The top of the motherboard features several “bodge wires,” soldered point-to-point in order to fix factory defects on the board surface (the alternative would be making an entirely new PCB). These wires carry “enable” signals, which Sega’s custom chips generate, to the work RAM of the Motorola 68000, the console’s main CPU. Later Genesis revisions use a single 16-bit RAM chip, but to cut cost in earlier revisions, Sega used two 8-bit RAM chips for data from the CPU, one for the lower 8 bits, and one for the upper 8. The blue bodge wire connects to pin 20 of the lower 8 bits of RAM at IC2, which is its “chip enable” input. The yellow and green bodge wires are “output enable” for the 68000’s work RAM — the yellow for the lower 8 bits at IC2, and the green for the upper 8 at IC3.
The heart of the component mod in this console is a Neobitz.com 2.0 video board, mounted with small amounts of hot-melt glue to the upper surface of the Genesis motherboard. Along with JROK’s encoder, this is one of the older RGB-to-component video encoder boards. It was made by JM (Jeff) Kurtz, who does modding and indie game development for the Neo-Geo (most recently, Knight’s Chance). The Neobitz 2 board was designed to add component, S-video and composite video output to the Neo-Geo. There was also a Neobitz-S board that only produced S-video. In a thread on the neo-geo.com forum archives (dated 07-26-2005, 11:06 AM), Kurtz (a moderator) wrote that “I’ve had a couple people tell me they have used it in a Genesis.”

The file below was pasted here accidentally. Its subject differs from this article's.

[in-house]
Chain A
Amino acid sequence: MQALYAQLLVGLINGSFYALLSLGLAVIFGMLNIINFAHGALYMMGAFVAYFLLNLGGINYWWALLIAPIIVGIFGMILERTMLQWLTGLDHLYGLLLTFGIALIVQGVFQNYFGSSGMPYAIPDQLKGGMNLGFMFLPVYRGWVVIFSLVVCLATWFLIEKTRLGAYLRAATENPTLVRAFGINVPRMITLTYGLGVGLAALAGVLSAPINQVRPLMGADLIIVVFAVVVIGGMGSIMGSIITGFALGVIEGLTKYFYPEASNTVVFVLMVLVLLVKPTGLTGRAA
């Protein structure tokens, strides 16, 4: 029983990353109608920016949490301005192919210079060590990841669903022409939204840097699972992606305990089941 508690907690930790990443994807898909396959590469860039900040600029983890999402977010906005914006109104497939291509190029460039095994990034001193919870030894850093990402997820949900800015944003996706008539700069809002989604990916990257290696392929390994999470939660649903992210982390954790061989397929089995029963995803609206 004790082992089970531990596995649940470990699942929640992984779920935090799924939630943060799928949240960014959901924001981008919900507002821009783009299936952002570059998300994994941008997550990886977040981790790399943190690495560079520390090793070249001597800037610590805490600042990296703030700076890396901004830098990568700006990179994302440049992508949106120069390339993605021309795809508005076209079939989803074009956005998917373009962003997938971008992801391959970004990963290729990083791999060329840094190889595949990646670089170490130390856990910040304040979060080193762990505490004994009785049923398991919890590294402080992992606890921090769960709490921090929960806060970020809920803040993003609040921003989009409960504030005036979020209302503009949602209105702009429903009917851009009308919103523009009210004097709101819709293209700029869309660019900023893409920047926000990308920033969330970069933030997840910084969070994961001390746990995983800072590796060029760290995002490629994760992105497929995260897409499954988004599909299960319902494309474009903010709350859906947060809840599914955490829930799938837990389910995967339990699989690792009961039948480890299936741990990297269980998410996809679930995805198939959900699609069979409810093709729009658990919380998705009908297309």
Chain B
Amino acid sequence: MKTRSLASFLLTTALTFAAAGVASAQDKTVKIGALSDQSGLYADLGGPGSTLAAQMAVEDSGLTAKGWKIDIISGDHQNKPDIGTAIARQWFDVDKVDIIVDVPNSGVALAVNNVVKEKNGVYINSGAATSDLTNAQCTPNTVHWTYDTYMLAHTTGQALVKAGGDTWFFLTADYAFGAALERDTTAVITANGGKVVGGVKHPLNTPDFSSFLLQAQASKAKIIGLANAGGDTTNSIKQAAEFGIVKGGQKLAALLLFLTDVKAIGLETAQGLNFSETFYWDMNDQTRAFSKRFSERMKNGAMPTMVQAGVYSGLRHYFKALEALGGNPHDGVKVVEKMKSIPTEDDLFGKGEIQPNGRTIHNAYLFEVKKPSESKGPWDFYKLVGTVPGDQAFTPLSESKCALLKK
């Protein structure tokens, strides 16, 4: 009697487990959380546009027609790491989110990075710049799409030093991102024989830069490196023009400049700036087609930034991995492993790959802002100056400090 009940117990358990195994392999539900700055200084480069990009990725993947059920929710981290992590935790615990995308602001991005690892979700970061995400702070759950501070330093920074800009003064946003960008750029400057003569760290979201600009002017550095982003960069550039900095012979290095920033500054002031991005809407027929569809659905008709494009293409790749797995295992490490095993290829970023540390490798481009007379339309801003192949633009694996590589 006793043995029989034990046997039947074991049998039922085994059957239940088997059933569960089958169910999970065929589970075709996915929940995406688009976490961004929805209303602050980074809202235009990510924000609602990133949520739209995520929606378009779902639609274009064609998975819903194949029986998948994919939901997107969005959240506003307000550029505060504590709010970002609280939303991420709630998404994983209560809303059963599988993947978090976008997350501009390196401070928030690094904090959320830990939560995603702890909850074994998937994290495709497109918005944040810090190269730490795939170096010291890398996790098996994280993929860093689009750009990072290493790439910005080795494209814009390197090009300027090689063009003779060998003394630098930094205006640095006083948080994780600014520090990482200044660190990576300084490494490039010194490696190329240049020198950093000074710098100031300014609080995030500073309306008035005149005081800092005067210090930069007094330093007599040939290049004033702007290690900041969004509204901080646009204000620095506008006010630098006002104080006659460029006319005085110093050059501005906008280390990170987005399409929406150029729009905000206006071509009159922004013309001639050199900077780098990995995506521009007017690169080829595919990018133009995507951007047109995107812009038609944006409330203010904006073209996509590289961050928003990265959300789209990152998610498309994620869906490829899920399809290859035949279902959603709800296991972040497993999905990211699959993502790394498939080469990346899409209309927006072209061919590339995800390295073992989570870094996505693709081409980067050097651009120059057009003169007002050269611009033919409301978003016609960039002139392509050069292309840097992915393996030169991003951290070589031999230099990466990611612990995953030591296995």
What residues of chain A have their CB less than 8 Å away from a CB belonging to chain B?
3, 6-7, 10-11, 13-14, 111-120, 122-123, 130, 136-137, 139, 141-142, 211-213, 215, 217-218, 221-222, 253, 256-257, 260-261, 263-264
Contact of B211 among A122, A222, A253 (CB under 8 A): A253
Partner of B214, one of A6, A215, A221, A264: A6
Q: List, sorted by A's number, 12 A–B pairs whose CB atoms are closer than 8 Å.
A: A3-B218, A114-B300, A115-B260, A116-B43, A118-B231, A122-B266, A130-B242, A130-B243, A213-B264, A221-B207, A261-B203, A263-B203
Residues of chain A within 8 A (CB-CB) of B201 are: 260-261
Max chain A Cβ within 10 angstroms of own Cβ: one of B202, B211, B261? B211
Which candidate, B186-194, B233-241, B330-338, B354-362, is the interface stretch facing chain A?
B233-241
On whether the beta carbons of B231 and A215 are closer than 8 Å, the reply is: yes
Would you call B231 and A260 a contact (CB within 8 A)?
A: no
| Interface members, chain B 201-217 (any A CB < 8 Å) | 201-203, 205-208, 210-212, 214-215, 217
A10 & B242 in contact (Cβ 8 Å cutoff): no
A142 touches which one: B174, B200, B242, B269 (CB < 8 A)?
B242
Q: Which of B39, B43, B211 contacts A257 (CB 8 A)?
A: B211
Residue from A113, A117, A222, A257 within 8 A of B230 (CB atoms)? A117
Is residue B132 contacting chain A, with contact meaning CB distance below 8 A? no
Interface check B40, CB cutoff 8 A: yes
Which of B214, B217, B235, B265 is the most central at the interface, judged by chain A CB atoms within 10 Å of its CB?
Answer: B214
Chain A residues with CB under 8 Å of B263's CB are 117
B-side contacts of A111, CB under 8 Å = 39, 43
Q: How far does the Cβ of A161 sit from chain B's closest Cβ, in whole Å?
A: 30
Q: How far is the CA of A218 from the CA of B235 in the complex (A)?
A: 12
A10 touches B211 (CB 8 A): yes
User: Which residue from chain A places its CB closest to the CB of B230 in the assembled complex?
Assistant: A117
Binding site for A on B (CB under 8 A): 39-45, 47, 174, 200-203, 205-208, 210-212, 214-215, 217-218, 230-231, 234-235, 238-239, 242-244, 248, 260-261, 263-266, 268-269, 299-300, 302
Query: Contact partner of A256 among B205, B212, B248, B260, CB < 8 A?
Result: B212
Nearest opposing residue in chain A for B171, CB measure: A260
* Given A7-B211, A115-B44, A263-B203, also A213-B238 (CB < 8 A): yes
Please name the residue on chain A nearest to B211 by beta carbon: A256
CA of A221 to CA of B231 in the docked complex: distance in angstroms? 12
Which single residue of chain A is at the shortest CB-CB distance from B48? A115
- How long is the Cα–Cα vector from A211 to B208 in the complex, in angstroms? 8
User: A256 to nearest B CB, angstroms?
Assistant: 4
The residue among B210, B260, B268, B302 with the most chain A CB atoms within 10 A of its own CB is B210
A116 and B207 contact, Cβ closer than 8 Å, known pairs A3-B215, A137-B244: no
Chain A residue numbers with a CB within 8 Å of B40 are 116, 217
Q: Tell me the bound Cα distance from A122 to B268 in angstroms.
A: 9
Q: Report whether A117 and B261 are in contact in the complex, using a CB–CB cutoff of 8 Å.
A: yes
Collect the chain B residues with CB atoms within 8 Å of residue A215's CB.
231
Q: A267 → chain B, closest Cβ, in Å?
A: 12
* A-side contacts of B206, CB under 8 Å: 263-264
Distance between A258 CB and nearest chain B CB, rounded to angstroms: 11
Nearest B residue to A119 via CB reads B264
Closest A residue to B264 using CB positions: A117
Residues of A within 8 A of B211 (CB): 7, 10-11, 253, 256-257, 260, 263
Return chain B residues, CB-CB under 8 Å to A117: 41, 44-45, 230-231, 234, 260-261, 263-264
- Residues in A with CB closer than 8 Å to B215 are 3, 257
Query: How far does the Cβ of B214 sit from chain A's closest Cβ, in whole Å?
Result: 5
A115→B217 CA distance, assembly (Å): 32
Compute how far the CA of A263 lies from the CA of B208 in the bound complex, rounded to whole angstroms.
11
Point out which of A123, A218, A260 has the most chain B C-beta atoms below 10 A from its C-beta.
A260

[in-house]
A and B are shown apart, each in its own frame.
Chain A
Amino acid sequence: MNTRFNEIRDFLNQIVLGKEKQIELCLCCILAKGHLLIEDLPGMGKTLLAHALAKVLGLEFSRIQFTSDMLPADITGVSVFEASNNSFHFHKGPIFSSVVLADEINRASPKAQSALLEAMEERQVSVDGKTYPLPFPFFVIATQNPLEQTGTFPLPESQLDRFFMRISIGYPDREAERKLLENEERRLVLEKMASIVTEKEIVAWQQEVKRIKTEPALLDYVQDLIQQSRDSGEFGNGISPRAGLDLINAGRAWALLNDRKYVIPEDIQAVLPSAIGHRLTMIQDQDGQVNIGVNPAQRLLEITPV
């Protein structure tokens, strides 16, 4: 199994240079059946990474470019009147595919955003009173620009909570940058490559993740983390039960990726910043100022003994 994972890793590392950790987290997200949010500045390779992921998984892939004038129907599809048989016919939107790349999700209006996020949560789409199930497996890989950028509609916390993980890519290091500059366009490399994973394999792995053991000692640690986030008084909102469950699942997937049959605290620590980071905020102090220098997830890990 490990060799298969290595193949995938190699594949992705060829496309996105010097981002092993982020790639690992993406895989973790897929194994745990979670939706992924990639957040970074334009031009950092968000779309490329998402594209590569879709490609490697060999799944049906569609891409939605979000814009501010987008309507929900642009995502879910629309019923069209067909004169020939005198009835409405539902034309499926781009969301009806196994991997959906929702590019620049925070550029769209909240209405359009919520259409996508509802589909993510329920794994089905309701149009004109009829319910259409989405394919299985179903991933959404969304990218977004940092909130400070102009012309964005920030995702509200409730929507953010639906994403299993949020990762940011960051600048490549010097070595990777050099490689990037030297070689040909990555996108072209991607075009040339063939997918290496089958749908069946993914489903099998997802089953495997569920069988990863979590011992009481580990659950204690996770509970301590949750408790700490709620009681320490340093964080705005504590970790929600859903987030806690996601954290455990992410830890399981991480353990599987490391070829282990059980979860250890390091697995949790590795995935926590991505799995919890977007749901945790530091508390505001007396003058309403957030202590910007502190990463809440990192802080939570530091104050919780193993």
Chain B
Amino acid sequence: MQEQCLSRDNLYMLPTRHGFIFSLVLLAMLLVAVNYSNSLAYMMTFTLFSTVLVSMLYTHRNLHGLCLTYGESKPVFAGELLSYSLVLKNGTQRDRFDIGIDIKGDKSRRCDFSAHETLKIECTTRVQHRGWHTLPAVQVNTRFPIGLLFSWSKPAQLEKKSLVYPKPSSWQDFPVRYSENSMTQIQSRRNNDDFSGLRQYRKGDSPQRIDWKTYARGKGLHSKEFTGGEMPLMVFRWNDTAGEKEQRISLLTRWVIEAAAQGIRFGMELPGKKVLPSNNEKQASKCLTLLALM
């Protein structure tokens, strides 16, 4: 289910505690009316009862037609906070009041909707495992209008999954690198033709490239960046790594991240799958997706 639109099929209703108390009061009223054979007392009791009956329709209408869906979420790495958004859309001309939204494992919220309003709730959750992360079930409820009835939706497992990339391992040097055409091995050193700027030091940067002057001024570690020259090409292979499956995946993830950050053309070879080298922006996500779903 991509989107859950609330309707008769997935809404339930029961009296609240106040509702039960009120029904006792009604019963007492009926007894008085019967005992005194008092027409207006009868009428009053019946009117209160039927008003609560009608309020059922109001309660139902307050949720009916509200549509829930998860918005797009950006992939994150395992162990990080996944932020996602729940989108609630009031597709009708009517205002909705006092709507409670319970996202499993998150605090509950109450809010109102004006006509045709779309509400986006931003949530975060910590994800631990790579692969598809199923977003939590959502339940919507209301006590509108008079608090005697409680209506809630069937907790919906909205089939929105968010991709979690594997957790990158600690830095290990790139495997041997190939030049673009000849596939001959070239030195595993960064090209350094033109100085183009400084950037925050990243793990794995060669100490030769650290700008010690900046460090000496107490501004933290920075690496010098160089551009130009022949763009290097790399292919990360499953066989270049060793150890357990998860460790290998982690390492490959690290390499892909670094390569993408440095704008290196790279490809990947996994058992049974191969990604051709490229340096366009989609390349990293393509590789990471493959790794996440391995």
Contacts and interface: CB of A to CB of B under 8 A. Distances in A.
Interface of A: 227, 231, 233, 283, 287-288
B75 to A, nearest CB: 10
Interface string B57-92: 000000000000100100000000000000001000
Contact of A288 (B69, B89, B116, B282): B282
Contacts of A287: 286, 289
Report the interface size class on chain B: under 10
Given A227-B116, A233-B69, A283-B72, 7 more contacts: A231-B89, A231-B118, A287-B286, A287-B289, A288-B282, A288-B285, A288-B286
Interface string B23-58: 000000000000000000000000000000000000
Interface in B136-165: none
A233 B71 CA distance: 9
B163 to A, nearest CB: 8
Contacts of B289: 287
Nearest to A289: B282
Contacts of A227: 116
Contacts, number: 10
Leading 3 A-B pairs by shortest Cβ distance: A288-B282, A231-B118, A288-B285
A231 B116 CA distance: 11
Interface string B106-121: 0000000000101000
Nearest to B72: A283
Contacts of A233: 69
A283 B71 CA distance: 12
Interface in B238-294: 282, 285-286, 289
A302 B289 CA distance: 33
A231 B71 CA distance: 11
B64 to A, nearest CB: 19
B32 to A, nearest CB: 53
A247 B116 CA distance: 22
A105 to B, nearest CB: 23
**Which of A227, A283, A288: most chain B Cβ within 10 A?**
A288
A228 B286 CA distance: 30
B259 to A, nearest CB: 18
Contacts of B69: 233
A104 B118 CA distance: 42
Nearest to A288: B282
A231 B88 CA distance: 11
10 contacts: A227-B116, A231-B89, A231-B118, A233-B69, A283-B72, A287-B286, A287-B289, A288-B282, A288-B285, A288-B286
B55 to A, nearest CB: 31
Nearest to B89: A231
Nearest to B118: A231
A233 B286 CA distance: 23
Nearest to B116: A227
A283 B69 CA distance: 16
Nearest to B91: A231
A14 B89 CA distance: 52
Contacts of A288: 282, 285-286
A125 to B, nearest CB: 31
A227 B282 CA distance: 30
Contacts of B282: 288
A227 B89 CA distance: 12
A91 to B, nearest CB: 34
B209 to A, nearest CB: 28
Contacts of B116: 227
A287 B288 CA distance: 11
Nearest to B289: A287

This a relatively old modding technique. In absence of more precise information, it was probably completed around 2006, when the Neobitz boards were in common use. In 2019, a more likely method for a component hard-mod (if you wanted to bother) would involve installing an RGB bypass PCB like Voultar’s and then chaining the circuit to a component encoder board based on a ROHM video encoder with component outputs, such as the BA7230LS or the BA6592F (the former is more common).
The Neobitz board has three pots (potentiometers) for separate adjustment of the red, green and blue (RGB) channels … which his helpful, as the output from the system currently has a green cast on cartridge games and a blue cast on Sega CD games.
The audio connection for the Neobitz board has been tapped from the headphone out. Again, this is an older modding technique, which predates the recent practice of pulling audio from the pre-amp on the CXA1034 chip (Sony’s headphone amp chip).
The video encoder on the Neobitz board (which produced S-Video and composite video) has been desoldered and removed. As a result, some solder traces on the board show visible signs of damage from the this process.
As mentioned above, the modder used small amounts of hot-melt glue to secure the Neobitz board to the motherboard. There were also small amounts of glue on the connectors to provide “material support” for the soldered connections. Glue is not necessary to support proper soldering in most instances, but the glue was used here sparingly. As we wanted to look at the Neobitz board’s underside, we removed the glue quickly by applying a cotton swab soaked in rubbing alcohol.